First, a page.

From mining to agriculture, every business emits carbon. However, the optimisation of energy use can save energy and cut costs, writes Celestine Cheong
The Department of Energy and Climate Change reported that business accounts for 15 per cent of all UK carbon emissions in 2011. It’s generally understood that managing energy can save money, but as yet there are many businesses which have failed to implement a strategy.
“Not all businesses see energy as a large cost,” says Nigel Hughes of Itron, a company that helps utilities measure and monitor energy and water. A key reason for this is that many businesses do not know their energy consumption or the proportional breakdown of that expenditure.
According to British Gas, 46 per cent of business electricity is used outside the traditional business hours of 8am to 6pm, on areas such as lighting and heating in unoccupied spaces. And in the UK, energy used for heating or cooling space, ventilation, lighting, heating water and for electrical appliances accounts for almost 40 per cent of all carbon emissions.
A 2010 study by IBM showed that buildings face an “intelligence gap” compared with automobiles and the electricity grid, both of which are being modernised. The deployment of building management systems (BMS) to control heating, cooling and lighting can have a major impact on consumption. But it’s not just empty spaces within buildings that consume large quantities of energy.
Smart metering can provide a cost saving of £18 billion and a net benefit to the UK of £7 billion by 2019
In 2008, the information and communications (ICT) industry accounted for 2 per cent of global greenhouse gas emissions, according to the World Resources Institute. This is higher than the aviation industry, frequently under attack for its emissions impact, which only accounts for 1 per cent of global greenhouse gas emissions.
In today’s connected world, vast amounts of data is stored to be made instantly available upon request. This requires data centres – buildings that house servers, storage devices, network equipment, power supplies, fans and other cooling machinery. Data centres currently account for 1.3 per cent of global electricity consumption. And by 2020 the number of servers is expected to grow from more than 20 million to 122 million, according to The Climate Group.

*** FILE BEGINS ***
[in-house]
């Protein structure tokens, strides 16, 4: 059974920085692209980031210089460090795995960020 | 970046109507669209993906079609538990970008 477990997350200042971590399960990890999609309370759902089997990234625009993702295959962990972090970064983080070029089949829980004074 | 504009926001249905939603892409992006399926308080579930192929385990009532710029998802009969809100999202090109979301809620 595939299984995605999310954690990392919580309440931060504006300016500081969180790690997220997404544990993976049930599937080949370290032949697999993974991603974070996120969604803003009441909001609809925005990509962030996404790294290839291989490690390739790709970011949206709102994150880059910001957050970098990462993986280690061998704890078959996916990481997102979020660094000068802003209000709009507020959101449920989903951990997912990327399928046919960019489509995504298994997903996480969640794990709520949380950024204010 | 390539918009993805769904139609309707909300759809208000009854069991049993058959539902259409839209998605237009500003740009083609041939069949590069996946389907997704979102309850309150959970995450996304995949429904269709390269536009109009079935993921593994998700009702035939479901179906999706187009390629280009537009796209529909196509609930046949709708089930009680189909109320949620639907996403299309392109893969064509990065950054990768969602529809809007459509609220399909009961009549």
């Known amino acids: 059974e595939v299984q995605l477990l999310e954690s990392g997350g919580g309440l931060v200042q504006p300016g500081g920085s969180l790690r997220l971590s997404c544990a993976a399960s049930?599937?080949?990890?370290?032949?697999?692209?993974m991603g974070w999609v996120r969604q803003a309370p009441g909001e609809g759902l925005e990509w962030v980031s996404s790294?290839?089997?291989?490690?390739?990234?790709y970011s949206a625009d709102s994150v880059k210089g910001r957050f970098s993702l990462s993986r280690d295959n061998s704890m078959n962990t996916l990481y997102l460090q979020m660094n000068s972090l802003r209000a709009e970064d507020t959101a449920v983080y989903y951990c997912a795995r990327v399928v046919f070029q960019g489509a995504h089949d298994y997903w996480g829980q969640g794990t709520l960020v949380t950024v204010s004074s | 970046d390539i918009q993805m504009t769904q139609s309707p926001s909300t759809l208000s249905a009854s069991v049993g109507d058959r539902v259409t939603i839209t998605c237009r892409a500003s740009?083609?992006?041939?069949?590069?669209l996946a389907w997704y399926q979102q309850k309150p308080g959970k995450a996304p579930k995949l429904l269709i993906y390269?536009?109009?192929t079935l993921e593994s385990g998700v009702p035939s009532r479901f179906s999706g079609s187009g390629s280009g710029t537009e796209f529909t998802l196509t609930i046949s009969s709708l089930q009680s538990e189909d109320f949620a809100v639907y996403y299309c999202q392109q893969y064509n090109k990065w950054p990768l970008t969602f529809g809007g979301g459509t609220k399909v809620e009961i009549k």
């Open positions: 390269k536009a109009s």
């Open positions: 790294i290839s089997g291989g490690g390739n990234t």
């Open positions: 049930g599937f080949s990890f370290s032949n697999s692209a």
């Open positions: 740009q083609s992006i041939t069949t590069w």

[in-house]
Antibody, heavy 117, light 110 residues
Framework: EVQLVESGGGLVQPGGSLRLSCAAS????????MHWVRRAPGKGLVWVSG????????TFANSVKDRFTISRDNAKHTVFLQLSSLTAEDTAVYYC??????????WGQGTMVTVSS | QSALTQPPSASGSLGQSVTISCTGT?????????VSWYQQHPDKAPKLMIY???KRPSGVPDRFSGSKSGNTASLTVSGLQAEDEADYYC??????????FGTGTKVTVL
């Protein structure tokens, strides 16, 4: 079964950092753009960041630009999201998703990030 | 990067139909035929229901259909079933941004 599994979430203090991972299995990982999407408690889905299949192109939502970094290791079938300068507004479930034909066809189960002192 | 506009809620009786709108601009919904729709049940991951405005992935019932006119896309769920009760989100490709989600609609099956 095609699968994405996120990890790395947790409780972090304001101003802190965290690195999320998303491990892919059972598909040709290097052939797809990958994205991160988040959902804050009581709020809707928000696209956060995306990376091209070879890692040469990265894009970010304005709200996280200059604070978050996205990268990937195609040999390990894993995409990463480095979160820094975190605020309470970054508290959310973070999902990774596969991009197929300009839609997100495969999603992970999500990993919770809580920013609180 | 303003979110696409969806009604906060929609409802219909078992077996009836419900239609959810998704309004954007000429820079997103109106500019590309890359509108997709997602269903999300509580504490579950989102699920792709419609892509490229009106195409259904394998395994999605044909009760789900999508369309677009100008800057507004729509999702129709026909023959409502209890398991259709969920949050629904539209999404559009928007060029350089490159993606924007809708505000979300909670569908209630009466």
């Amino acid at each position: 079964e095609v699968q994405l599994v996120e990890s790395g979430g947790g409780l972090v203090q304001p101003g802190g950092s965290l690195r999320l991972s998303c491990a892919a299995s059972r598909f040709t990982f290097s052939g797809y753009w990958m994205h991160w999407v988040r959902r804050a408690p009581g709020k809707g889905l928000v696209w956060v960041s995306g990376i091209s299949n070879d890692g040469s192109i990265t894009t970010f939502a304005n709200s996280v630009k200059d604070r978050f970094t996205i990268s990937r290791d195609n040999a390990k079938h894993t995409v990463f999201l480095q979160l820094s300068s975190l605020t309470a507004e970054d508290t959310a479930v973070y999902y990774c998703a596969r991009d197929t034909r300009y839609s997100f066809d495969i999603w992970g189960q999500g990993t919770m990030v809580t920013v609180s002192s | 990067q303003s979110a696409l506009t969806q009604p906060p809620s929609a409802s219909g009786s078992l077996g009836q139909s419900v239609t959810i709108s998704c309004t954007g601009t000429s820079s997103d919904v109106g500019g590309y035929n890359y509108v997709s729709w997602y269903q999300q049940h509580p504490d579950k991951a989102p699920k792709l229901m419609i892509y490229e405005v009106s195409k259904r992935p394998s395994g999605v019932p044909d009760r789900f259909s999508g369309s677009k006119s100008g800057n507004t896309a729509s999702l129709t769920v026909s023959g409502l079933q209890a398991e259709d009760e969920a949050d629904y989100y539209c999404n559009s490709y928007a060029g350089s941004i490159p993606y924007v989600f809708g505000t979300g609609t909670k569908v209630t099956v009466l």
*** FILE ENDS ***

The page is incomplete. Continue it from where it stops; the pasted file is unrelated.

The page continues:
Virtualisation is one way of reducing the cost and emissions impact of ICT. Cetus Solutions says that most servers run at about 15 to 18 per cent efficiency, which is a significant waste of both server space and money, and by splitting one server across multiple virtual servers, organisations can make savings rather than purchasing more physical servers.
Another form of technology with immediate impact is smart metering. Smart meters measure energy consumption and provide information on a user-friendly display in real time. The more advanced smart meters offer voltage quality measurements providing the energy distributor with information to ensure efficient grid operation, as peak periods can be identified.
“Smart metering can provide a cost saving of £18 billion and a net benefit to the UK of £7 billion,” says David Green, of SmartReach, a consortium that aims to provide 30 million homes and small businesses with smart meters by 2019.
The remaining challenge is human behaviour. Richard Tapper, founder of Ecometrica, warns: “Businesses can make improvements, such as energy efficiency, reduced air travel, better logistics, less refrigeration and more recycling. But many options have limits and, once you do the easy wins, it is all too common to ‘hit a wall’ imposed by the cost of new technologies and the fact your existing assets are expensive to replace.”
Nonetheless, there is a growing demand for “ITility” engineers. As Chris Smith, director of on365, a specialist provider of energy-efficient data centres, says: “This new breed of engineers understand the necessary changes needed across the board.”